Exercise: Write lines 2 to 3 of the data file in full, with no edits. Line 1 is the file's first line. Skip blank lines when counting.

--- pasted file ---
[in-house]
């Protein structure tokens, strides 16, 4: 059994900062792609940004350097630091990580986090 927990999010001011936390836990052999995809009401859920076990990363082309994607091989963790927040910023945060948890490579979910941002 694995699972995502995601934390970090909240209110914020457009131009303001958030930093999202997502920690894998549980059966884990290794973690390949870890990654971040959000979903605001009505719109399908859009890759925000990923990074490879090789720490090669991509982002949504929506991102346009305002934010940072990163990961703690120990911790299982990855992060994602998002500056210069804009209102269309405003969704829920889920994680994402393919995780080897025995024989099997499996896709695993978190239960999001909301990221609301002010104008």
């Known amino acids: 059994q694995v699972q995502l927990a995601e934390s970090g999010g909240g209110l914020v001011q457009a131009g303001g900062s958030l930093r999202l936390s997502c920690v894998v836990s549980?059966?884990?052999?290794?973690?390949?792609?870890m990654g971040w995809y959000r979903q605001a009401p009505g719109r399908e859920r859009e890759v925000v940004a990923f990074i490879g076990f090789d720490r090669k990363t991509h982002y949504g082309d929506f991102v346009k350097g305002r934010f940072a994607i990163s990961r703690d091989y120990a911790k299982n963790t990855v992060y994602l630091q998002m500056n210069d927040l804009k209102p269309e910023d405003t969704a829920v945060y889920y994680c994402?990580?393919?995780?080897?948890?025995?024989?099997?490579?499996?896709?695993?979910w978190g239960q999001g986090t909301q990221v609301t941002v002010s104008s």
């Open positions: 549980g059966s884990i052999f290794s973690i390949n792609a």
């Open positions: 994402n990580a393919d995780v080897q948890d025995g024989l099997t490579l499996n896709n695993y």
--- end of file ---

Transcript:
């Protein structure tokens, strides 16, 4: 059994900062792609940004350097630091990580986090 927990999010001011936390836990052999995809009401859920076990990363082309994607091989963790927040910023945060948890490579979910941002 694995699972995502995601934390970090909240209110914020457009131009303001958030930093999202997502920690894998549980059966884990290794973690390949870890990654971040959000979903605001009505719109399908859009890759925000990923990074490879090789720490090669991509982002949504929506991102346009305002934010940072990163990961703690120990911790299982990855992060994602998002500056210069804009209102269309405003969704829920889920994680994402393919995780080897025995024989099997499996896709695993978190239960999001909301990221609301002010104008």
């Known amino acids: 059994q694995v699972q995502l927990a995601e934390s970090g999010g909240g209110l914020v001011q457009a131009g303001g900062s958030l930093r999202l936390s997502c920690v894998v836990s549980?059966?884990?052999?290794?973690?390949?792609?870890m990654g971040w995809y959000r979903q605001a009401p009505g719109r399908e859920r859009e890759v925000v940004a990923f990074i490879g076990f090789d720490r090669k990363t991509h982002y949504g082309d929506f991102v346009k350097g305002r934010f940072a994607i990163s990961r703690d091989y120990a911790k299982n963790t990855v992060y994602l630091q998002m500056n210069d927040l804009k209102p269309e910023d405003t969704a829920v945060y889920y994680c994402?990580?393919?995780?080897?948890?025995?024989?099997?490579?499996?896709?695993?979910w978190g239960q999001g986090t909301q990221v609301t941002v002010s104008s």